New series takes viewers to some of Scotland’s most important gardens

Whether planting potatoes or cultivating herbaceous borders, the Scots have long been known as a nation of gardeners.

Murdo Macdonald (63), from Edinburgh, makes his debut as a presenter of a new series called Gàrraidhean Mòra na h-Alba/ Gardens of Scotland on BBC ALBA this month which celebrates some of Scotland’s most important gardens due to their design, plant-life, setting and history.

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Murdo said: “Scotland is famed for its landscapes, for natural habitats of variety and great beauty. We also have an incredible history and culture of cultivation, of gardening and plant collecting.

“I’ve had a pretty varied career, from army officer to estate factor. I’ve worked across the UK and further afield but it’s only now that I’ve taken a step back from working full-time that I can indulge my hobbies – art and gardening.

“My own garden is my haven, there’s something very therapeutic about the solitary nature of gardening, the rhythm of it and the sights and sounds of nature.”

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A keen gardener himself, Murdo visits one of the oldest and largest walled gardens in the country, Gordon Castle Walled Gardens in Fochabers, Moray in the first episode.

Originally built at the turn of the 19th century, the garden was re-developed in 2013 by owners Angus and Zara Gordon Lennox.

Murdo talks to Zara about the renovation project and sees some of the 200 varieties of vegetable, 60 varieties of apple and over 50 varieties of flowers. Over 200 products are made from what’s grown in the garden and they sell their produce and flowers.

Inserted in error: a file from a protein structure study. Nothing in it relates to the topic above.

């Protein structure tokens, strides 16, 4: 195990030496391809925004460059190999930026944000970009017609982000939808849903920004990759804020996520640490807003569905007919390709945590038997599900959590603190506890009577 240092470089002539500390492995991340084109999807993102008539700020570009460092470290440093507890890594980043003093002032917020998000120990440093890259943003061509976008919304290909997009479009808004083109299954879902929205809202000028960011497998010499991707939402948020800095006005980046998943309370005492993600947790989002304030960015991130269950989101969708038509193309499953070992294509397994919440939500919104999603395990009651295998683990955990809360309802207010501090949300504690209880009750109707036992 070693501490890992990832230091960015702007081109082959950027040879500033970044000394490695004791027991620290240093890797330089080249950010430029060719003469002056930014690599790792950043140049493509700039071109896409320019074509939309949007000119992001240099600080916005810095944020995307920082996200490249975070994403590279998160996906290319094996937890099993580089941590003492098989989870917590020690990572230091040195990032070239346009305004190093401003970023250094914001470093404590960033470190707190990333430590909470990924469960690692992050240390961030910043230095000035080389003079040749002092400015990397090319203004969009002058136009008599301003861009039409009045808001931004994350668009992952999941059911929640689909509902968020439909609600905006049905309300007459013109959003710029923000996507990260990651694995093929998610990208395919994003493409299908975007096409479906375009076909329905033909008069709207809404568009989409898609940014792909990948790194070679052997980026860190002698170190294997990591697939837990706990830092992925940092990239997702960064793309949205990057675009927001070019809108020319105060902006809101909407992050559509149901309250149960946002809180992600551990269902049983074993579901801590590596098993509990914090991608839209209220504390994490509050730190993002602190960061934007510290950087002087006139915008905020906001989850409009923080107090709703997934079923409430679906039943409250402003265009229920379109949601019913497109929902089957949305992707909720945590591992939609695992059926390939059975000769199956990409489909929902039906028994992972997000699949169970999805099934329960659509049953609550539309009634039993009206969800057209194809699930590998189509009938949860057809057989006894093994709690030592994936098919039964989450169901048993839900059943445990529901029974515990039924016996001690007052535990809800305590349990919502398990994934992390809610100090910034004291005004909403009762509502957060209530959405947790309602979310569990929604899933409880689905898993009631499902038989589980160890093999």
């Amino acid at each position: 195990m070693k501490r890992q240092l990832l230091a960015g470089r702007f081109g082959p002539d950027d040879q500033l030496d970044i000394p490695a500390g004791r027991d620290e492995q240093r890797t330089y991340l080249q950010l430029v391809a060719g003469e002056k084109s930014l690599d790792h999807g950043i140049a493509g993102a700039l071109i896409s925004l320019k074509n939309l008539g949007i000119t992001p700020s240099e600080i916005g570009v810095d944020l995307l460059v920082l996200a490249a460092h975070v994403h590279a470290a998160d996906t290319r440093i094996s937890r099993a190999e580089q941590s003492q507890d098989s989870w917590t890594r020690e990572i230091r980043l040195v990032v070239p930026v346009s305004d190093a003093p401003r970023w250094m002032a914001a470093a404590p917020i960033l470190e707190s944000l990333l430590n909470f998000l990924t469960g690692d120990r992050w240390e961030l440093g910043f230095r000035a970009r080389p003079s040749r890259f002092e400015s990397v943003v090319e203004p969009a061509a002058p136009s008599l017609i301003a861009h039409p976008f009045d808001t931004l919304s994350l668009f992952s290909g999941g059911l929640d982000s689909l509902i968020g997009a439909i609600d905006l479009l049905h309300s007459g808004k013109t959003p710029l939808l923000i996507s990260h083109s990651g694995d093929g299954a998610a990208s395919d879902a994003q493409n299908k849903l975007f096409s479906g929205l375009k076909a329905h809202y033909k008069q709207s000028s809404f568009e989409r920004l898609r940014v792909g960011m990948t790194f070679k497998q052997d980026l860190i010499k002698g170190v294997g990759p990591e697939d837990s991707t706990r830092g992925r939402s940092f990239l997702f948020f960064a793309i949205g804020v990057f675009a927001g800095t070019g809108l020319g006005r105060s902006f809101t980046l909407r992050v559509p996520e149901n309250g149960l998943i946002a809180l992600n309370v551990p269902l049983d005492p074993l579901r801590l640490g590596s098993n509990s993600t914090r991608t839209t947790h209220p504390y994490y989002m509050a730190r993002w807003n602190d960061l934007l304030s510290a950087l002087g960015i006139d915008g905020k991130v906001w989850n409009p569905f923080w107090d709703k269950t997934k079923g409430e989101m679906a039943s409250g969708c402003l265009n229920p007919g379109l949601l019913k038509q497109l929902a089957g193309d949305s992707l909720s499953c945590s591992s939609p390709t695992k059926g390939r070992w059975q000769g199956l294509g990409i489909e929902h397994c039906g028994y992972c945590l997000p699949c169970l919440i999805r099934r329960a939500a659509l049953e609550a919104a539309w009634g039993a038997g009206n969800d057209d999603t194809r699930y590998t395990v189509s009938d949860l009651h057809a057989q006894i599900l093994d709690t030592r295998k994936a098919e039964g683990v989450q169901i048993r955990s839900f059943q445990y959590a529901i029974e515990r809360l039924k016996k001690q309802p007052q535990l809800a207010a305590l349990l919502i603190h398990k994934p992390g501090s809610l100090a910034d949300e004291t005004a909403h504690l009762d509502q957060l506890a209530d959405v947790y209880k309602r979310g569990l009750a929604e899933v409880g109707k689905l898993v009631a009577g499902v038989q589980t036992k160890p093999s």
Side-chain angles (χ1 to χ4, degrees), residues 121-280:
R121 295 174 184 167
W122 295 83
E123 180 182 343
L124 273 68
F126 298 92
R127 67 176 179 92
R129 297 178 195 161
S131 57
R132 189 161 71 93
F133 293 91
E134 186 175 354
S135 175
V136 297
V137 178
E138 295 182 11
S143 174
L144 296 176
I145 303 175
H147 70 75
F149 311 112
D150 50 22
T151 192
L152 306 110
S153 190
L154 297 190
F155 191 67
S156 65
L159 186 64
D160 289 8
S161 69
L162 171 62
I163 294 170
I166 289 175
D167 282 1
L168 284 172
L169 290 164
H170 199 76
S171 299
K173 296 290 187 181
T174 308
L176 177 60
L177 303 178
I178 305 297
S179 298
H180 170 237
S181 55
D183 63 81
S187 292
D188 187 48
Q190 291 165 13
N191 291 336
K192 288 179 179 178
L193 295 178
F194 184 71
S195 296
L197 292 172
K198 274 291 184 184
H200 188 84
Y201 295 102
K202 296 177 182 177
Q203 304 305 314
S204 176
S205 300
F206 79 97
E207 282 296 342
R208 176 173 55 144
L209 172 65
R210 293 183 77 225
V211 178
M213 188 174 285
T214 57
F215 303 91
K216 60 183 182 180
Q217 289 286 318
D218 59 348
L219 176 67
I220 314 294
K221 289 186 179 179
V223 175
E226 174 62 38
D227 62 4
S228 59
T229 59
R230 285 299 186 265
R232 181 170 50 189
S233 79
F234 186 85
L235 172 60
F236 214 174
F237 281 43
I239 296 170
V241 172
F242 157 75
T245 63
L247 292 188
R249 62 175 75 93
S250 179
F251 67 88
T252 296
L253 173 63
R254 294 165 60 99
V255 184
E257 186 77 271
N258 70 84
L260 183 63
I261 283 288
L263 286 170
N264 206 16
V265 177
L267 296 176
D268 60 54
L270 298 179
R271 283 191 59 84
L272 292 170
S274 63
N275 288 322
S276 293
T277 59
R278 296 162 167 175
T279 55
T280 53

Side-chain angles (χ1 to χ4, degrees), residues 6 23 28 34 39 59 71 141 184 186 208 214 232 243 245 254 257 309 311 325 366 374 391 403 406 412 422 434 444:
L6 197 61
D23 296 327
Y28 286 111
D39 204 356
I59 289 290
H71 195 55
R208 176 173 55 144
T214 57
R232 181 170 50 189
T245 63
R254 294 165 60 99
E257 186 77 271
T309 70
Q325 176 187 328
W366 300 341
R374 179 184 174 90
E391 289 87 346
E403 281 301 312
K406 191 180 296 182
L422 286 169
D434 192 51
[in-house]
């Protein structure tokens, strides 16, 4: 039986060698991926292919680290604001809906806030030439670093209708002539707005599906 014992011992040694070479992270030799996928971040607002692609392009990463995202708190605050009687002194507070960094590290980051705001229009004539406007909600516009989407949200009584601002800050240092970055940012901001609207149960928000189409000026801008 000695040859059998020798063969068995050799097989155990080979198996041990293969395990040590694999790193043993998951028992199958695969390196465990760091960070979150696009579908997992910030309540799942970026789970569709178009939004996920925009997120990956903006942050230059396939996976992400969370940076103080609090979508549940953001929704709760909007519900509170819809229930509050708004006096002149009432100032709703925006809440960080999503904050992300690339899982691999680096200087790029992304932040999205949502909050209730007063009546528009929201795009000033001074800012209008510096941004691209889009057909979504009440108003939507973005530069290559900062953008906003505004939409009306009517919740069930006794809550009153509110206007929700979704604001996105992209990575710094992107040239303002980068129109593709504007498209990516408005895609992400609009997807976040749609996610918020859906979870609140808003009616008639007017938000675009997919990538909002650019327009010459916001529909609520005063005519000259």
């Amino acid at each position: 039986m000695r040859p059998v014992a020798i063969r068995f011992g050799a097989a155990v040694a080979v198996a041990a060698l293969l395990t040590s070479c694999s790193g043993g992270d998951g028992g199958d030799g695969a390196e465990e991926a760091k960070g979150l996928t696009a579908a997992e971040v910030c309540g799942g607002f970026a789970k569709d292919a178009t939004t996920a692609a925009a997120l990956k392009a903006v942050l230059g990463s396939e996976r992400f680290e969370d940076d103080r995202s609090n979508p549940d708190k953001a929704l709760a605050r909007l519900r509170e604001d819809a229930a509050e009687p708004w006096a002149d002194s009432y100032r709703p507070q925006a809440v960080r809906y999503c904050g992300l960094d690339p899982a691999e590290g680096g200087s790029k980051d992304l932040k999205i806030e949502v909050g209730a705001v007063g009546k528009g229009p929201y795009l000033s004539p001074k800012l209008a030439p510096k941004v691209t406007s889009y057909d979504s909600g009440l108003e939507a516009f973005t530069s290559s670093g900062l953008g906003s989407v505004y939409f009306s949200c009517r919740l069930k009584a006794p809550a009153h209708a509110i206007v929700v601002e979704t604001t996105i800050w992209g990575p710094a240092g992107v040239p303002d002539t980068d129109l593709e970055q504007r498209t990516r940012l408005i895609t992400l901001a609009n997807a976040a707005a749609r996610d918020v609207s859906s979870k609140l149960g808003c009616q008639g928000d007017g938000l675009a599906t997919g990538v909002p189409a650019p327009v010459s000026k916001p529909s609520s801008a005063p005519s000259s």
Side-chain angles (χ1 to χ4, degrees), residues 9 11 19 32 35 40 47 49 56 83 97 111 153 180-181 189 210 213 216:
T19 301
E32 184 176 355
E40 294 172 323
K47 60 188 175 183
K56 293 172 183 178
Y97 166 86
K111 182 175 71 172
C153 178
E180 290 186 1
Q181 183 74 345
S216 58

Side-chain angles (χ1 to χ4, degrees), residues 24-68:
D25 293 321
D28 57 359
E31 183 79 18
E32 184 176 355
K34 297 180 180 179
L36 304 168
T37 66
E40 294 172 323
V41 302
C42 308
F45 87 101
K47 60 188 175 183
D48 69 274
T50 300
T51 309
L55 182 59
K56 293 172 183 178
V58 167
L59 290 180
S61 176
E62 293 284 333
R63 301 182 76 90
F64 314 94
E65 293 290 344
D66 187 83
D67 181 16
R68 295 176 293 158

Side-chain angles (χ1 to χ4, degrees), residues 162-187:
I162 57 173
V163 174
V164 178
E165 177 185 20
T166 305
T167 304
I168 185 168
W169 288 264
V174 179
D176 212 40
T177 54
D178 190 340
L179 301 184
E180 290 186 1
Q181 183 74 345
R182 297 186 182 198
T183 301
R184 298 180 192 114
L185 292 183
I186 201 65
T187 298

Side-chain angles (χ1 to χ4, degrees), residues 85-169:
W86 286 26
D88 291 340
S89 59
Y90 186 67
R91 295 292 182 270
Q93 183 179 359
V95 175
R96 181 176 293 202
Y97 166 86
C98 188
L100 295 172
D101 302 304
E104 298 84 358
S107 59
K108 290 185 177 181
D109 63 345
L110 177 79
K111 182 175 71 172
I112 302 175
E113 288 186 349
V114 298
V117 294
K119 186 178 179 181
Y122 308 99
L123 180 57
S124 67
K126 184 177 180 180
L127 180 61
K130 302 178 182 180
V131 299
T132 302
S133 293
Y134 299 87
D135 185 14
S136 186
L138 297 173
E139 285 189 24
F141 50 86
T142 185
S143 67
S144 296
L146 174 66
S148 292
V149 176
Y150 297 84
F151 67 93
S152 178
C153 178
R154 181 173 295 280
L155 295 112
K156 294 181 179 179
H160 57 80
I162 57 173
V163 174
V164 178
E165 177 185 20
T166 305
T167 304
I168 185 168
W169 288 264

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In episode two Murdo visits Ian Hamilton Finlay’s garden and work of art, Little Sparta, set in the Pentland Hills near Edinburgh.

Finlay and his wife Sue created the artwork across a seven-acre moorland site. The 270 sculptures and artworks created by Finlay in collaboration with other artists and craftspeople, explore themes such as the sea, classical antiquity, the French Revolution and war.

Murdo visits Scone Palace Gardens near Perth in episode three which has many sites of interest, most famously the historic Moot Hill the ancient crowning place of the Kings of Scots.

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The village of Scone once stood within the grounds of the Palace but was moved two miles away during the landscaping work of the Palace grounds. Old Scone’s mercat cross, burial ground and archway can still be seen at Scone today.

Episode four takes Murdo to Inverewe gardens which are on the side of a loch near Poolewe in Wester Ross. Also known as “The Impossible Garden” due to its location and because it was created from a barren wilderness in the 19th century.

The garden was built by Osgood Mackenzie and his work was carried on by his daughter Mairi Sawyer, who gifted the garden to the National Trust in 1952.

On the same latitude as Moscow and Hudson’s Bay, Inverewe, on the Atlantic coast, benefits from a unique climate thanks to the Gulf Stream and it has an astonishing and unexpected collection of plants.

Gàrraidhean Mòra na h-Alba/ Gardens of Scotland is on BBC ALBA at 8.30pm every Monday from February 15 until Monday, March 8. The series will be repeated in late summer/autumn this year with four new episodes following on.

BBC ALBA is available on the following platforms:
• Sky 141 (Scotland) / Sky 169 (rest of UK)
• Freeview / You View 7 (Scotland only)
• Virgin Media 120 (Scotland), Virgin Media 161 (rest of UK)
• Freesat 109
• BBC iPlayer

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Tony Flanagan
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